It broke my heart to say goodbye to them outside the terminal at the Ted Stevens Anchorage International airport. B was strapped in to his car seat, blue monster-truck ("Mocky truck! Blue one!") from the Easter bunny in hand, asking for a hug. (I gave him three. After each one he sang, "kiss too!" but I couldn't make out the words. I finally deciphered them and planted a slobbery kiss on his cheek.)
He was full of language and pride and still that unrelenting joy and awe at the world. Calling me Auntie and taking me by the hand to see the landscape through his eyes.
We blew bubbles and picked up rocks. We played with the dogs and baked my great-grandmother's caramel rolls (his great-great-grandmother's!). We read books and more books. Mostly about firemen, firetrucks, race cars, and bugs, although Curious George did make a few cameo appearances, too.
On the day I arrived, we stopped at the library to refresh the pile of books his parents had been reading to him. We filled a tote bag with the books, and from then on B would drag it through the house (it was much too heavy for him to carry) and announce "I got books!" any time there was a lull in action.
He says please after EVERY request, even when whining. (The first morning I was there he started the day with, "Need waffles please, momma." The second day was, "Need candy please, momma." By day four he greeted the day with: "Need turkey sandwich please, momma.")
He loves colors and numbers and letters and describing the world. He loves lining up his cars and driving around his dump trucks. He's smitten with announcing that things are broken, and turning them over to commence repair.
On the drive home from the airport, he identified something purple. And then I began a game: What else is purple? We named purple things (mostly his mother and I): grapes, wine, plums, blackberries, heather flowers, bruises, etc. And thereafter he's been saying, "Let's play game, momma."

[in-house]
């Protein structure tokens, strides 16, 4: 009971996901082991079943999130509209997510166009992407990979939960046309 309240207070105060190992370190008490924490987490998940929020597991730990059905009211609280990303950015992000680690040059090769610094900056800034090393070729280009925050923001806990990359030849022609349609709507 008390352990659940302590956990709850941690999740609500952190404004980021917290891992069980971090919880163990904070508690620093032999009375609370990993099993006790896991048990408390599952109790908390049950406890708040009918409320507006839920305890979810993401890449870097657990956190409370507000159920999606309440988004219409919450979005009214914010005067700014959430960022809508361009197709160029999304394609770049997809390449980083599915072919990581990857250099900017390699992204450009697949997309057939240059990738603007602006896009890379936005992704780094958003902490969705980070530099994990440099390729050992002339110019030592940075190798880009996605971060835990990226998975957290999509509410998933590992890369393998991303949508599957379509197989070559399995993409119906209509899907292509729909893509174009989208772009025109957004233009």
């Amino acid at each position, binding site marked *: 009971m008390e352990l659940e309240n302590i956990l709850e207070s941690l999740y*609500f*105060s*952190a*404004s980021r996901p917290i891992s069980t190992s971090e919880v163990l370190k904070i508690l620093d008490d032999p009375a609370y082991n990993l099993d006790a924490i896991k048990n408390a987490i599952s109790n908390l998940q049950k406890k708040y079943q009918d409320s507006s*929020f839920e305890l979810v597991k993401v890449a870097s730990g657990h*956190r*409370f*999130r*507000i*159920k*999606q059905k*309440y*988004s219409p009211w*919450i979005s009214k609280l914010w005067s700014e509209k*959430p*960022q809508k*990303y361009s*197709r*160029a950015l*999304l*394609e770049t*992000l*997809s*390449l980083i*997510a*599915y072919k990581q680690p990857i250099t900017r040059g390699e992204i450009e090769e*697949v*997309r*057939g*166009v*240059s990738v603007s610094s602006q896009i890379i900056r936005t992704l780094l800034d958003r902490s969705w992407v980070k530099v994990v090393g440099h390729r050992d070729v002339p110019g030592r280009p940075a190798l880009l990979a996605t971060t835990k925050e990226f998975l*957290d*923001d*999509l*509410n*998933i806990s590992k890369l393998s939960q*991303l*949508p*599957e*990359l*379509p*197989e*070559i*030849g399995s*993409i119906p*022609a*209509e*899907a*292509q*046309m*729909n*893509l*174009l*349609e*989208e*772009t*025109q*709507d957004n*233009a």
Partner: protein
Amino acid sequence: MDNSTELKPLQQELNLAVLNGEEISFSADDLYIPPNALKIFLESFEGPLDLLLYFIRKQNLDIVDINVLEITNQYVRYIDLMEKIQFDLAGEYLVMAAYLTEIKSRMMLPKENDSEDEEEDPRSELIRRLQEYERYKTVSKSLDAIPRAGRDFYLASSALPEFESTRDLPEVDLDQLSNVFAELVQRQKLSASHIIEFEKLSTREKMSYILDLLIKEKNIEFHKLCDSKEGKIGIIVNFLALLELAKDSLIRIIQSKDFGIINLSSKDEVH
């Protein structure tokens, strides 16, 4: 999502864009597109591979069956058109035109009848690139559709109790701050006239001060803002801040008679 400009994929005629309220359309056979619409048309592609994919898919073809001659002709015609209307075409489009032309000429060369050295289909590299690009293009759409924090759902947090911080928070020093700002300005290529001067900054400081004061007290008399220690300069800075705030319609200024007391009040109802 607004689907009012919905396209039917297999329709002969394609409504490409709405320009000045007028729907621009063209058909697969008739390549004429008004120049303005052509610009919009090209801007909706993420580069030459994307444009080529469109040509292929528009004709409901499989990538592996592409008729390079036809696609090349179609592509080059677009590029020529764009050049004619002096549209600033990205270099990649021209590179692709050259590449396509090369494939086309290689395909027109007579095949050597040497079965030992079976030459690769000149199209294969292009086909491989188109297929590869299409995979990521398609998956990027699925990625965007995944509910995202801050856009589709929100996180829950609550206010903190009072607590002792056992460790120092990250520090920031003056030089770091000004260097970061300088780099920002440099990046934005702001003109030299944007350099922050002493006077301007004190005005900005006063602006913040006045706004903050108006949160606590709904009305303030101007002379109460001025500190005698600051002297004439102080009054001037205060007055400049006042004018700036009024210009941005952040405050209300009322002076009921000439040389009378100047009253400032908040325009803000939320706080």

When I got my suitcase out to pack to go home, B said, "What doing, Auntie?" and I told him I was packing to leave. He squealed with delight and said, "I got case too!" and ran to his room. Moments later he emerged with his suitcase, a backpack with an extend-able handle and wheels.
How could I say goodbye to this?
And then there was baby A. At just three months old, the world is already spinning around her tiny bubbling smile. She is all tongue and grunt and kick; snuggle and suck and sing. And some crying too. But mostly just snuggle and grin.
And then, of course, my sister. Beautiful mother to B & A, awesome wife to a man suffering through colon cancer treatment, and dear friend. A woman who knows my history and gets it on a gut level in a way no one else can. Someone my heart literally aches for when I can't see her often enough.
Seeing her in her element--parenting, care taking, homemaking, baking, exercising, wiping twelve muddy dog paws, and living--was lovely. Exhausting too, but lovely most of all.
So! Thanks, Mom and Dad, for buying the ticket that made 14 possible.